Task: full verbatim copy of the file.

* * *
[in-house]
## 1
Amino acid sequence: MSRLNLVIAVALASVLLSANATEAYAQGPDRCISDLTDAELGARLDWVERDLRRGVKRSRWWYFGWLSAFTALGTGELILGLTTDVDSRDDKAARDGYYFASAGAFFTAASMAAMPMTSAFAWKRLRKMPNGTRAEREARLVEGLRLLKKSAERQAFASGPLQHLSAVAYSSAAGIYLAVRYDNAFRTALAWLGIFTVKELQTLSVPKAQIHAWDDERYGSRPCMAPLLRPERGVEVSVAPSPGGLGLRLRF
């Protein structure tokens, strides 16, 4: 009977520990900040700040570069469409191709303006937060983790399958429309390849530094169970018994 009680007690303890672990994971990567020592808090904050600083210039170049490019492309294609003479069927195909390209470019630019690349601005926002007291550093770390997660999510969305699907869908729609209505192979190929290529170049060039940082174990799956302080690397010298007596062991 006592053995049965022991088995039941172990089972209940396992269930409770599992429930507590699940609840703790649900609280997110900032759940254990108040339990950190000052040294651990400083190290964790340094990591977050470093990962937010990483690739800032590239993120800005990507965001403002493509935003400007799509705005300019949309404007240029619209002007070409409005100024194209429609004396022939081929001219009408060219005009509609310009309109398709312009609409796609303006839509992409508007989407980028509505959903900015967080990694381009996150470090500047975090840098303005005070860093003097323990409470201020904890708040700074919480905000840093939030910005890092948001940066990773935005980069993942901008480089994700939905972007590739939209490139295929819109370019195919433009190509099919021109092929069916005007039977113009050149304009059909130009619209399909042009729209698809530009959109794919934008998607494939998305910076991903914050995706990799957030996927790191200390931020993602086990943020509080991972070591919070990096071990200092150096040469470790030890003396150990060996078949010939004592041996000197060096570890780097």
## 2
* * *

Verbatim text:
[in-house]
## 1
Amino acid sequence: MSRLNLVIAVALASVLLSANATEAYAQGPDRCISDLTDAELGARLDWVERDLRRGVKRSRWWYFGWLSAFTALGTGELILGLTTDVDSRDDKAARDGYYFASAGAFFTAASMAAMPMTSAFAWKRLRKMPNGTRAEREARLVEGLRLLKKSAERQAFASGPLQHLSAVAYSSAAGIYLAVRYDNAFRTALAWLGIFTVKELQTLSVPKAQIHAWDDERYGSRPCMAPLLRPERGVEVSVAPSPGGLGLRLRF
């Protein structure tokens, strides 16, 4: 009977520990900040700040570069469409191709303006937060983790399958429309390849530094169970018994 009680007690303890672990994971990567020592808090904050600083210039170049490019492309294609003479069927195909390209470019630019690349601005926002007291550093770390997660999510969305699907869908729609209505192979190929290529170049060039940082174990799956302080690397010298007596062991 006592053995049965022991088995039941172990089972209940396992269930409770599992429930507590699940609840703790649900609280997110900032759940254990108040339990950190000052040294651990400083190290964790340094990591977050470093990962937010990483690739800032590239993120800005990507965001403002493509935003400007799509705005300019949309404007240029619209002007070409409005100024194209429609004396022939081929001219009408060219005009509609310009309109398709312009609409796609303006839509992409508007989407980028509505959903900015967080990694381009996150470090500047975090840098303005005070860093003097323990409470201020904890708040700074919480905000840093939030910005890092948001940066990773935005980069993942901008480089994700939905972007590739939209490139295929819109370019195919433009190509099919021109092929069916005007039977113009050149304009059909130009619209399909042009729209698809530009959109794919934008998607494939998305910076991903914050995706990799957030996927790191200390931020993602086990943020509080991972070591919070990096071990200092150096040469470790030890003396150990060996078949010939004592041996000197060096570890780097």
## 2